A day at Wildcat Mountain

I mainly went out to Wildcat Mountain to test and adjust my wire antennas, so I brought a couple of radios, all of my antennas, and a variety of test equipment. I set up just off the upper parking area near one of the trailheads of Old Settler’s Trail, which is one of my favorite hikes in this area at any season.

L to R, front row: (tr)uSDX & pack, X6100 & pack; back row: 30′ tape measure, coffee, spool of wire, 15AH battery, MFJ-259 in a hard case, cardboard flat full of very miscellaneous stuff.
Very Miscellaneous, and yet there were items I forgot; SMA adapters, PowerPole USB charger & cord for the (tr)uSDX so I can run low power for testing. Probably other things that I am forgetting yet again. Antennas for the (tr)uSDX were one of the main reasons for this exercise.
Both radios, as packed, with two field repair kits and DMM

A nice big picnic table in the partial shade of several trees was an ideal location.

All set up to measure length of wire vs. SWR

I thought it would be simple; check SWR of antenna, trim as required, move along to next one and repeat, but that was not how it worked out at all. I will gloss over a couple of hours of work by saying that I am not sure if I trust the MFJ antenna analyzer, it seemed to read high, and its readings fluctuated when my hands came near it; I think that the SWR scan function of the X6100 is closer to reality. I never got around to using the QRPguys power / SWR meter, because one of the times I turned on the 6100 to run a test, there was a station right there on frequency, CQing for the New Hampshire QSO Party, and in that moment it seemed like a sign, or fate, or something; anyway, I had to give him a call! In further support of that view, he replied to my very first call!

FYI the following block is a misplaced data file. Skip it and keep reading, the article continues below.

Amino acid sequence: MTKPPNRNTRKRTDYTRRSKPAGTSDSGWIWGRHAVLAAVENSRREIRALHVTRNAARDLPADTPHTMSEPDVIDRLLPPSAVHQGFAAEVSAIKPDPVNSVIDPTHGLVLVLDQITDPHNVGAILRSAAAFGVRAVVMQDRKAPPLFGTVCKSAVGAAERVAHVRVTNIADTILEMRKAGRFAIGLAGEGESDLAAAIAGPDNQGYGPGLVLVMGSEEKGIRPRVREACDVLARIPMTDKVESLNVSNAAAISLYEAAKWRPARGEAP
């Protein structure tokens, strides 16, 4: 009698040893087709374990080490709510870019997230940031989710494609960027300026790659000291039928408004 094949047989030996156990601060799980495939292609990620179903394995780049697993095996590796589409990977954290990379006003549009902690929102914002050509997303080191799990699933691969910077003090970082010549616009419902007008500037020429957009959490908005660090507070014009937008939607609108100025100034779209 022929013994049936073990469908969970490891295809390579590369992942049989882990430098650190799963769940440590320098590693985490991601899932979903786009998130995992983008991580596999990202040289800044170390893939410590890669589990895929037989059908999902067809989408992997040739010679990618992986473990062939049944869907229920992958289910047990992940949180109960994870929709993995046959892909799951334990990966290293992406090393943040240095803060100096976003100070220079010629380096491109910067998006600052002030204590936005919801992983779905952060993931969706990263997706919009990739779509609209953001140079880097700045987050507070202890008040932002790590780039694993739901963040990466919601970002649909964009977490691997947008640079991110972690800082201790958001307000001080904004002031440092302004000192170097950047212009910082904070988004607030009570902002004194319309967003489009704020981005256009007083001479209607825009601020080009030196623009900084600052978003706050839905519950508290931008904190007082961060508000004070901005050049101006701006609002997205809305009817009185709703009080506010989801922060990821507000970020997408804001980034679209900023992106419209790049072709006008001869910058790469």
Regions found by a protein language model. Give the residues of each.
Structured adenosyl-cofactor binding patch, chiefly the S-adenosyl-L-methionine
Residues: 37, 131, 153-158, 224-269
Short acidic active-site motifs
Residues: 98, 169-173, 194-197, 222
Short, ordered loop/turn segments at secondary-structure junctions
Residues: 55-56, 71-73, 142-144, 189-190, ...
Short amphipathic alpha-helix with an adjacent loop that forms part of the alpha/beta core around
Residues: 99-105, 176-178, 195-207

Well, so there’s one in the log, right? Only 9 more needed to make a real activation! I tried to keep on with the antenna work, but the lack of concrete results was dispiriting, and the temptation was great …

Just before I switched antennas; you can see the Buddipole down at the far end

After making a few contacts on the EFHW, I decided to switch to the Buddipole / 17′ whip combo that has been so reliable. As the count increased (fortunately working another NHQP station so I would not get flagged as a suspicious unique) I found that I had consumed all of my coffee and water (in lieu of eating lunch) and dinner time was rapidly approaching! I called it quits with 13 in the log (K2WPA in New Jersey was a twofer) and loaded all of my mountain of stuff back in the minivan. Entered the paper log into Xlog (the only log program that I can get to work on my Linux / Chromebook) and got it uploaded to POTA while eating dinner, as the sun settled into the western horizon.

Update, 9/23/23; here’s a QSO map:

NH and WA QSO parties, Rt 66 On-The-Air, and Park-to-Park; thanks, everyone!

When I idly looked at my user profile at POTA, I discovered that I topped the leaderboard for activations at K-1480, and stood at #3 for total QSOs there !

Thanks for visiting driftlessqrp!






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